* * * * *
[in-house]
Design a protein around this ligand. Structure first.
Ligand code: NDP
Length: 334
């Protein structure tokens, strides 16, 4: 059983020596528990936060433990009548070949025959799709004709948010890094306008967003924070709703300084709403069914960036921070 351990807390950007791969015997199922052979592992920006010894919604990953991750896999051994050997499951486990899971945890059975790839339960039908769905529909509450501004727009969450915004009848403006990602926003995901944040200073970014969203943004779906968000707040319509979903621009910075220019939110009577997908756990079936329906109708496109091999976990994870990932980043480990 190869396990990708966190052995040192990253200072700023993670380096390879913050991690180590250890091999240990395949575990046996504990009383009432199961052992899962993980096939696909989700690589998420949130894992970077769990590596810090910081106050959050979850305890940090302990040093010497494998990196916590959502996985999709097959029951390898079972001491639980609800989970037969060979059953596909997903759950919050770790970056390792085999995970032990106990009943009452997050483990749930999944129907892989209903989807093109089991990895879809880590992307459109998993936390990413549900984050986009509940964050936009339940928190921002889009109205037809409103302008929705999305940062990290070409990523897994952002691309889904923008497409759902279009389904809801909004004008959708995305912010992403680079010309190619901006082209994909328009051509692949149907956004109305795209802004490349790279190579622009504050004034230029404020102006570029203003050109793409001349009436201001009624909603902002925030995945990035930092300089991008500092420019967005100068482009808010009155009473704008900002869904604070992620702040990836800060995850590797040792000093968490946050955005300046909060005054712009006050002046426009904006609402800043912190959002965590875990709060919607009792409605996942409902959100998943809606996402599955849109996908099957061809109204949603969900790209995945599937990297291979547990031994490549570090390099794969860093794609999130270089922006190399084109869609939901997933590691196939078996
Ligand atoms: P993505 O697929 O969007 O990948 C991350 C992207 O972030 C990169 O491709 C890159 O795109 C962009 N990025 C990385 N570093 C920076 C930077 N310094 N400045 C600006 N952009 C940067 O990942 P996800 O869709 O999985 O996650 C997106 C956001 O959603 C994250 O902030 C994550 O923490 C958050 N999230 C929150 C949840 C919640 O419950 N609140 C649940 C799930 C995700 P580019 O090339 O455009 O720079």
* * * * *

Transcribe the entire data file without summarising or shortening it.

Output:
[in-house]
Design a protein around this ligand. Structure first.
Ligand code: NDP
Length: 334
């Protein structure tokens, strides 16, 4: 059983020596528990936060433990009548070949025959799709004709948010890094306008967003924070709703300084709403069914960036921070 351990807390950007791969015997199922052979592992920006010894919604990953991750896999051994050997499951486990899971945890059975790839339960039908769905529909509450501004727009969450915004009848403006990602926003995901944040200073970014969203943004779906968000707040319509979903621009910075220019939110009577997908756990079936329906109708496109091999976990994870990932980043480990 190869396990990708966190052995040192990253200072700023993670380096390879913050991690180590250890091999240990395949575990046996504990009383009432199961052992899962993980096939696909989700690589998420949130894992970077769990590596810090910081106050959050979850305890940090302990040093010497494998990196916590959502996985999709097959029951390898079972001491639980609800989970037969060979059953596909997903759950919050770790970056390792085999995970032990106990009943009452997050483990749930999944129907892989209903989807093109089991990895879809880590992307459109998993936390990413549900984050986009509940964050936009339940928190921002889009109205037809409103302008929705999305940062990290070409990523897994952002691309889904923008497409759902279009389904809801909004004008959708995305912010992403680079010309190619901006082209994909328009051509692949149907956004109305795209802004490349790279190579622009504050004034230029404020102006570029203003050109793409001349009436201001009624909603902002925030995945990035930092300089991008500092420019967005100068482009808010009155009473704008900002869904604070992620702040990836800060995850590797040792000093968490946050955005300046909060005054712009006050002046426009904006609402800043912190959002965590875990709060919607009792409605996942409902959100998943809606996402599955849109996908099957061809109204949603969900790209995945599937990297291979547990031994490549570090390099794969860093794609999130270089922006190399084109869609939901997933590691196939078996
Ligand atoms: P993505 O697929 O969007 O990948 C991350 C992207 O972030 C990169 O491709 C890159 O795109 C962009 N990025 C990385 N570093 C920076 C930077 N310094 N400045 C600006 N952009 C940067 O990942 P996800 O869709 O999985 O996650 C997106 C956001 O959603 C994250 O902030 C994550 O923490 C958050 N999230 C929150 C949840 C919640 O419950 N609140 C649940 C799930 C995700 P580019 O090339 O455009 O720079």